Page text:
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    Loneliness and Social Support in Adolescent Boys with AutismSpectrum Disorders

    Mathias Lasgaard Annette Nielsen Mette E. Eriksen Luc Goossens

    Published online: 15 August 2009

    Springer Science+Business Media, LLC 2009

    Abstract Loneliness and perceived social support were

    examined in 39 adolescent boys with autism spectrum dis-

    orders (ASD) by means of a self-labeling loneliness mea-

    sure, the UCLA Loneliness Scale (third version), and the

    Social Support Scale for Children. Twenty-one percent of

    the boys with ASD described themselves as often or always

    feeling lonely. Compared with 199 boys from regular

    schools in a national probability study, ASD was strongly

    associated with often or always feeling lonely (OR: 7.08,

    p \ .0005), as well as with a higher degree of loneliness(F(1,229) = 11.1, p \ .005). Perceived social support fromclassmates, parents, and a close friend correlated negatively

    with loneliness in ASD. The study, therefore, indicates a

    high occurrence of loneliness among adolescent boys with

    ASD and points at perceived social support as an important

    protective factor.

    Keywords Autism spectrum disorders Loneliness Social support Peer relationships Adolescence


    A hallmark of autism spectrum disorders (ASD) is poor

    social functioning, which acts as an impediment to the

    development of social relationships. According to the

    DSM-IV (American Psychiatric Association 2000), the

    social deficit in ASD is marked by impairment in the use of

    nonverbal behaviors, failure to develop peer relationships,

    a lack of seeking to share enjoyment, interests, or

    achievements with others, and a general lack of social or

    emotional reciprocity. Empirical evidence further suggests

    that children and adolescents with ASD are generally

    characterized by poor friendships, often lack social skills,

    and commonly experience peer rejection (Bauminger and

    Kasari 2001; Orsmond et al. 2004). Moreover, studies of

    general populations indicate that children who are rejected

    and lack friends in elementary school are more likely to be

    lonely in adolescence (Pedersen et al. 2007). Furthermore,

    lack of social integration and rejection by peers in ado-

    lescence is reflected in a higher degree of loneliness

    (Goswick and Jones 1982; Parkhurst and Asher 1992). The

    present study investigates whether adolescents with ASD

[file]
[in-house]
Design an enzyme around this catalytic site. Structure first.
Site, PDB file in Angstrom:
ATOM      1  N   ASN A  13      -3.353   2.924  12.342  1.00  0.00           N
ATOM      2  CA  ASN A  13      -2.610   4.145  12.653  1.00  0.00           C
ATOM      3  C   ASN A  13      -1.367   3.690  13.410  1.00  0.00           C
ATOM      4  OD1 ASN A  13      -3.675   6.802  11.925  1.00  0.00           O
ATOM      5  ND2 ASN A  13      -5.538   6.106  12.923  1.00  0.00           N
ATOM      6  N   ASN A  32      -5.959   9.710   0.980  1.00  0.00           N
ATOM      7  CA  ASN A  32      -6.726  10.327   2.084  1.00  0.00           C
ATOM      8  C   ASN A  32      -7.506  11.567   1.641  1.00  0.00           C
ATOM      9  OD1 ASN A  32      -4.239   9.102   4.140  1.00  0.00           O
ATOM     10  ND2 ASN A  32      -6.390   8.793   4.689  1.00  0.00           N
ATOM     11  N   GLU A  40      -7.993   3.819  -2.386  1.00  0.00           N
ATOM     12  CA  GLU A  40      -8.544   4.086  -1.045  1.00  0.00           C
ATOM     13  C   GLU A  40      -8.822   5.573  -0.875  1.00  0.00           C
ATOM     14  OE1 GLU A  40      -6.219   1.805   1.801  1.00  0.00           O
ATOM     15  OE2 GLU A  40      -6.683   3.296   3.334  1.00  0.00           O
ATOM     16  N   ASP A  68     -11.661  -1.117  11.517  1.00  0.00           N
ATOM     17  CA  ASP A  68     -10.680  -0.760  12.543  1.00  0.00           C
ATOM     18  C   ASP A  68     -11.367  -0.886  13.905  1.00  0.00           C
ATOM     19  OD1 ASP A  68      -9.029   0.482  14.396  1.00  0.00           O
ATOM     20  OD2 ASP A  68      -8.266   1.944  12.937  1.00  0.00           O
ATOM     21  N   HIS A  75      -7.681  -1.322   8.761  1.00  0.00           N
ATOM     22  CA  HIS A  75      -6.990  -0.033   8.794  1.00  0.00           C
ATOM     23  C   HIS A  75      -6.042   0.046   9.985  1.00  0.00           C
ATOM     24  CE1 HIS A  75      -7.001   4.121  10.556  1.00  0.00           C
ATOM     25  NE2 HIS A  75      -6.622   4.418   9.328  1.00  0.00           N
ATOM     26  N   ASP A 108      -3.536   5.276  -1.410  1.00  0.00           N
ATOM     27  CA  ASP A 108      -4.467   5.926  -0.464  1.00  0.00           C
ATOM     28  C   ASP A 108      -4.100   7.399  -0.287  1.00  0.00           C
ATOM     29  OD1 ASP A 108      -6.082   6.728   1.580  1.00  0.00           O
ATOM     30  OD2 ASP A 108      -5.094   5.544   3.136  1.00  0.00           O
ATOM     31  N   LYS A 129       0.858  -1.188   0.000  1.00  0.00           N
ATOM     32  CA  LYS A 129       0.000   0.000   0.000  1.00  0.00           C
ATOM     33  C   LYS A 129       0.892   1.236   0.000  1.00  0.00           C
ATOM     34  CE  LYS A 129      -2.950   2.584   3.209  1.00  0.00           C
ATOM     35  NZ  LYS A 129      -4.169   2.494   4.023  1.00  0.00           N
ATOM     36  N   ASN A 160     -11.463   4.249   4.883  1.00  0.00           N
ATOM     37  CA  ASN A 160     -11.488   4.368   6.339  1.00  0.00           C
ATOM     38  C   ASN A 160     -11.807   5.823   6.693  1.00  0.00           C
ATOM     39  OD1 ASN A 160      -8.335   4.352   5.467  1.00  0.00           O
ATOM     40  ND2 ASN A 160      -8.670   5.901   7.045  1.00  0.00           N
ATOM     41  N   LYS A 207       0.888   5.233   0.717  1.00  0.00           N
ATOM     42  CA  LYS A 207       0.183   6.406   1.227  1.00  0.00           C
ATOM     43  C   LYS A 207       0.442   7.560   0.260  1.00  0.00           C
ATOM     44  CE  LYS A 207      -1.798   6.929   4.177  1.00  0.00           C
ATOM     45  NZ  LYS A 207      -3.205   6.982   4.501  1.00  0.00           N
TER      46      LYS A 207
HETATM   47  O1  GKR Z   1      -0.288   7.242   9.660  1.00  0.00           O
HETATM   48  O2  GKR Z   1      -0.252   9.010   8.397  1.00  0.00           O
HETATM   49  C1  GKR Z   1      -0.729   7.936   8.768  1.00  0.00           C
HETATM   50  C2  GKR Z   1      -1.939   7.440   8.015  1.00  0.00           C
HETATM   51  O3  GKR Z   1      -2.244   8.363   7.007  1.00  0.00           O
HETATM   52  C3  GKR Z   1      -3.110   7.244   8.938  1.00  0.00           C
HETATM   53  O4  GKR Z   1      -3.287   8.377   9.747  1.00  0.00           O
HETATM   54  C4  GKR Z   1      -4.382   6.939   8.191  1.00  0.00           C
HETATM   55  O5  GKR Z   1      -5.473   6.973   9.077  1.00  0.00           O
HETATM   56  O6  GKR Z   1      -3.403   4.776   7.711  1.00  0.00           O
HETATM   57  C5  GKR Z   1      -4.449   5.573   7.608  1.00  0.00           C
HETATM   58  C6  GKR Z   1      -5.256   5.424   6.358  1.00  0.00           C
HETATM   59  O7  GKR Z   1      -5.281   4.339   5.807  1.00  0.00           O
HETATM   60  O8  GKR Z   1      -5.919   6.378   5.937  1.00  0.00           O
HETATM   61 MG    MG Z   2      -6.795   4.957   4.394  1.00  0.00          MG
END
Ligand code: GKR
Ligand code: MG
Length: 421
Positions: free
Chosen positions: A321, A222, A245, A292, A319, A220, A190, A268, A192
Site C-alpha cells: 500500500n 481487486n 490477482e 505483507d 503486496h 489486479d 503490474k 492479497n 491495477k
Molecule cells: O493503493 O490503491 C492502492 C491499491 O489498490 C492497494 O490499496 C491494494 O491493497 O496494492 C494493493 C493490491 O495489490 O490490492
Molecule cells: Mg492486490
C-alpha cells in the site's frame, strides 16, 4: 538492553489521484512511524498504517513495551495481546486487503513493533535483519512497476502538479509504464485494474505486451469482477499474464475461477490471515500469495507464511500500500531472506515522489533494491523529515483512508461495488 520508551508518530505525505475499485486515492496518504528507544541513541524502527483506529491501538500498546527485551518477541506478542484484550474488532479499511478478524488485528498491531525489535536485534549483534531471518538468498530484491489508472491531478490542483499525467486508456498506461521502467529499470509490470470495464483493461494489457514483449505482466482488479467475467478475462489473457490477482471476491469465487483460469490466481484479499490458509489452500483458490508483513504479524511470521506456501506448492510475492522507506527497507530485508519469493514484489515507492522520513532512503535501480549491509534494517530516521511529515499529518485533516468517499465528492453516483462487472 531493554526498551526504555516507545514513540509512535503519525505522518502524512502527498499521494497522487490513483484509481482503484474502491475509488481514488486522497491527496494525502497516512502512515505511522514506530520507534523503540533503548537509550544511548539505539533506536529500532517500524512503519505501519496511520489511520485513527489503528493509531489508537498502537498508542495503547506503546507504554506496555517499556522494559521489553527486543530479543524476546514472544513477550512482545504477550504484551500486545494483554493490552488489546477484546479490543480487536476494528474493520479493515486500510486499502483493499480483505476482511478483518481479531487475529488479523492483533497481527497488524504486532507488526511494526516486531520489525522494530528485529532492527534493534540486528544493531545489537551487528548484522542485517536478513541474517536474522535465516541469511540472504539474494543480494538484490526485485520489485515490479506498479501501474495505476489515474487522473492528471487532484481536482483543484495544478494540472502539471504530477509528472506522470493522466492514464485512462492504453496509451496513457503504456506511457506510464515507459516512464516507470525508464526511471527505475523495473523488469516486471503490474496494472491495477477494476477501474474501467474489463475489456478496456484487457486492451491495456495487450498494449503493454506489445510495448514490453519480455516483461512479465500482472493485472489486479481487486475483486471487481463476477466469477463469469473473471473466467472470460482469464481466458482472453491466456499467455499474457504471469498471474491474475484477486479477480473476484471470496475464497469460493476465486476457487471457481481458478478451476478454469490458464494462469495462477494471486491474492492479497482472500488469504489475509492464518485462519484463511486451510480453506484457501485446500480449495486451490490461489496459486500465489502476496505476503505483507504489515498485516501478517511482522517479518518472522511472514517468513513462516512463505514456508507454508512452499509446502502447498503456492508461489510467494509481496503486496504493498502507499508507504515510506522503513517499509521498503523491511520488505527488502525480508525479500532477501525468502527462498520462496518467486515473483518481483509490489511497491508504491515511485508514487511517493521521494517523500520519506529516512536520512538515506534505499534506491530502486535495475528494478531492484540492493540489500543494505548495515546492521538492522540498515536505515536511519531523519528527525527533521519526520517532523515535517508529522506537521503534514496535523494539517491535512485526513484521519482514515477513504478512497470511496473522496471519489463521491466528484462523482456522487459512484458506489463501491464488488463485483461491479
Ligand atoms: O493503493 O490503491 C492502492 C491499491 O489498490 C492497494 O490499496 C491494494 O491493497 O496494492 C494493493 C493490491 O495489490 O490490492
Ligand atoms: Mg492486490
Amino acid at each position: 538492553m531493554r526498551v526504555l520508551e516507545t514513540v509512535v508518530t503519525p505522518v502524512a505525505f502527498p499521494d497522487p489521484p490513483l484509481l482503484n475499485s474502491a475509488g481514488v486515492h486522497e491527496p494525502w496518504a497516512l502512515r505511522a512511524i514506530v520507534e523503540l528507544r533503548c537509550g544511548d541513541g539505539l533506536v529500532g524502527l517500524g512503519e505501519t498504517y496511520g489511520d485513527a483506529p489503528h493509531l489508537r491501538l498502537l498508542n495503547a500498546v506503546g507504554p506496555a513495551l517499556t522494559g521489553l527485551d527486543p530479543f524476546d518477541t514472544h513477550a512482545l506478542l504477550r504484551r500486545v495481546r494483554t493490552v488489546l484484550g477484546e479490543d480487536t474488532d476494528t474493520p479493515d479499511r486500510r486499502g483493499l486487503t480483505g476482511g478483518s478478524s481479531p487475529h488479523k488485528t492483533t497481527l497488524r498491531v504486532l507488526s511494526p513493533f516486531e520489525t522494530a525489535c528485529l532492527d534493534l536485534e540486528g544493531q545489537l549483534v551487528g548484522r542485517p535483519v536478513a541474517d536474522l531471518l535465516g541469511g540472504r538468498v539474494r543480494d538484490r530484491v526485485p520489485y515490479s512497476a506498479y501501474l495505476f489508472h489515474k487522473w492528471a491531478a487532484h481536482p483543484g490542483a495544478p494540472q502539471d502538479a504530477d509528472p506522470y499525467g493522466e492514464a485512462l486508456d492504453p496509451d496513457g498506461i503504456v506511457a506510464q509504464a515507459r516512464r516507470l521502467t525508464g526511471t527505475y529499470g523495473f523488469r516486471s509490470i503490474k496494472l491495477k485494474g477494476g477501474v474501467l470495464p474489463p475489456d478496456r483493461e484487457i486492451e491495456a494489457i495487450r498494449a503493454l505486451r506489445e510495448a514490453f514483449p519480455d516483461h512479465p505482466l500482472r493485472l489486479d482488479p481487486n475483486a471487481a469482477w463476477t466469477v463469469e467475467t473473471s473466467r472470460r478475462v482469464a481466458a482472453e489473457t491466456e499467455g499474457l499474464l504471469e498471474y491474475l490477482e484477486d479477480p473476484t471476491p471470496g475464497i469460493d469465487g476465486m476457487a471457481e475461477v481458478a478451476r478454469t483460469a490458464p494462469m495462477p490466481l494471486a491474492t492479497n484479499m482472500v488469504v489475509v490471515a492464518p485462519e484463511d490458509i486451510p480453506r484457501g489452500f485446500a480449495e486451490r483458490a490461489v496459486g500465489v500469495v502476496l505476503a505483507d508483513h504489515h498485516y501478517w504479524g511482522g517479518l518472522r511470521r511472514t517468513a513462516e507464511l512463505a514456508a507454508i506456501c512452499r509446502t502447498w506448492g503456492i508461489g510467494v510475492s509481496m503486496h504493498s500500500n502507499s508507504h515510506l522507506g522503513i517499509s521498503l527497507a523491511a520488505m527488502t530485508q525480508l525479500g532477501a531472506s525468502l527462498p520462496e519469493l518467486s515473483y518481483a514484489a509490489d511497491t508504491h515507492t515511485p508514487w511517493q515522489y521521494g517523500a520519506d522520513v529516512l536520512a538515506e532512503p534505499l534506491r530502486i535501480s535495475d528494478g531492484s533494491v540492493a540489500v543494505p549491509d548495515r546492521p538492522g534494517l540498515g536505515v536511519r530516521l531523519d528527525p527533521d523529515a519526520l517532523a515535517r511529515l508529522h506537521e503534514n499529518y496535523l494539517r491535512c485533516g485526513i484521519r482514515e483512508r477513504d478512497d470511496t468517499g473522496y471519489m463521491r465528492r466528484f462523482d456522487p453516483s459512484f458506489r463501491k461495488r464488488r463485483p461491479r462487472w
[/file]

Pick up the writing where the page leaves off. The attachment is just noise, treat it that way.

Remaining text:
are more likely to report feeling lonely than typically

    developing adolescents. Additionally, the study investi-

    gates the relationship between loneliness and perceived

    social support.


    Loneliness is an aversive experience that affects an indi-

    viduals social, affective, and cognitive functioning. The

    phenomenon has been defined in many ways, but most

    scholars agree that loneliness is a subjective, unpleasant,

    and distressing experience resulting from deficiencies in a

    persons social relationships (Peplau and Perlman 1982).

    M. Lasgaard (&) M. E. EriksenDepartment of Psychology, Aarhus University,

    Jens Chr. Skous Vej 4, 8000 Aarhus C, Denmark

    e-mail: mathiasl@psy.au.dk

    A. Nielsen

    Firklverskolen, Randers, Denmark

    L. Goossens

    Department of Psychology, Catholic University of Leuven,

    Leuven, Belgium


    J Autism Dev Disord (2010) 40:218226

    DOI 10.1007/s10803-009-0851-z

  • Loneliness is typically measured by means of classic self-

    report inventories such as the UCLA Loneliness Scale

    (UCLA; Russell 1996). In these types of instruments, the

    terms lonely and loneliness are carefully avoided and

    the items probe for feelings associated with being lonely

    (e.g., feeling abandoned).

    Loneliness is associated with mental health problems,

    for instance, depressive affect, anxiety, and suicide idea-

    tion, and recently there has been a growing interest in the

    clinical significance of loneliness (Cacioppo et al. 2006;

    Heinrich and Gullone 2006). It is particularly relevant to

    focus on loneliness and mental health in adolescence,

    because the available evidence suggests that loneliness

    increases and is most prevalent during this developmental

    period (Heinrich and Gullone 2006; Mahon et al. 2006).

    Furthermore, suffering from a mental health disorder which

    is marked by social difficulties in adolescence may be

    assumed to increase the risk of loneliness. Accordingly, it

    is relevant to investigate loneliness in adolescence as

    possible sequela of disorders such as ASD, Attention

    Deficit Hyperactivity Disorder (ADHD), and eating disor-

    ders. However, studies investigating these associations are

    rare. One exception is learning disabilities. A considerable